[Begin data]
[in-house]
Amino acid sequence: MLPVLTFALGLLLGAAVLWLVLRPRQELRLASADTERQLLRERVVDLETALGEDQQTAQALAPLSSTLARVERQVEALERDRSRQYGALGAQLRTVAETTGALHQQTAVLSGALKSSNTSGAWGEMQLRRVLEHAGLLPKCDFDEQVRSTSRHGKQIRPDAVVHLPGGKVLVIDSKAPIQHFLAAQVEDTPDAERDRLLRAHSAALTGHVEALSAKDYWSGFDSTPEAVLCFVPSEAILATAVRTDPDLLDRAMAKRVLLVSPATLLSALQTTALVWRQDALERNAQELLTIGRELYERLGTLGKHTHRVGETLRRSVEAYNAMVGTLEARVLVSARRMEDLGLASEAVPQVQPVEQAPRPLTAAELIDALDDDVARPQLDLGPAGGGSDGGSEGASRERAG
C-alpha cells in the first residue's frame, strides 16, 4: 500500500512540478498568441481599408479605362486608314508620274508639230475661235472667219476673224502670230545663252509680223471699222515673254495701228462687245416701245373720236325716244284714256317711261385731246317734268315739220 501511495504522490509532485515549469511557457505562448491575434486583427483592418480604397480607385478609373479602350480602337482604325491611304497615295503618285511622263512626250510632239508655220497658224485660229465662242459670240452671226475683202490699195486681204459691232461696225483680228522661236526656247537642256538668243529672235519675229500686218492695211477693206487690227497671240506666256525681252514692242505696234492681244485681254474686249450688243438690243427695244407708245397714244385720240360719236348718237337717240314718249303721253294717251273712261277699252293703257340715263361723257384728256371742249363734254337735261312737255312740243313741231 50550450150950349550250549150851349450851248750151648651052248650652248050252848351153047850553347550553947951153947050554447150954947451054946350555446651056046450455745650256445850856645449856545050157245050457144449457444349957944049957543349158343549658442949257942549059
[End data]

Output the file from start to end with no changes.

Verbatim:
[in-house]
Amino acid sequence: MLPVLTFALGLLLGAAVLWLVLRPRQELRLASADTERQLLRERVVDLETALGEDQQTAQALAPLSSTLARVERQVEALERDRSRQYGALGAQLRTVAETTGALHQQTAVLSGALKSSNTSGAWGEMQLRRVLEHAGLLPKCDFDEQVRSTSRHGKQIRPDAVVHLPGGKVLVIDSKAPIQHFLAAQVEDTPDAERDRLLRAHSAALTGHVEALSAKDYWSGFDSTPEAVLCFVPSEAILATAVRTDPDLLDRAMAKRVLLVSPATLLSALQTTALVWRQDALERNAQELLTIGRELYERLGTLGKHTHRVGETLRRSVEAYNAMVGTLEARVLVSARRMEDLGLASEAVPQVQPVEQAPRPLTAAELIDALDDDVARPQLDLGPAGGGSDGGSEGASRERAG
C-alpha cells in the first residue's frame, strides 16, 4: 500500500512540478498568441481599408479605362486608314508620274508639230475661235472667219476673224502670230545663252509680223471699222515673254495701228462687245416701245373720236325716244284714256317711261385731246317734268315739220 501511495504522490509532485515549469511557457505562448491575434486583427483592418480604397480607385478609373479602350480602337482604325491611304497615295503618285511622263512626250510632239508655220497658224485660229465662242459670240452671226475683202490699195486681204459691232461696225483680228522661236526656247537642256538668243529672235519675229500686218492695211477693206487690227497671240506666256525681252514692242505696234492681244485681254474686249450688243438690243427695244407708245397714244385720240360719236348718237337717240314718249303721253294717251273712261277699252293703257340715263361723257384728256371742249363734254337735261312737255312740243313741231 50550450150950349550250549150851349450851248750151648651052248650652248050252848351153047850553347550553947951153947050554447150954947451054946350555446651056046450455745650256445850856645449856545050157245050457144449457444349957944049957543349158343549658442949257942549059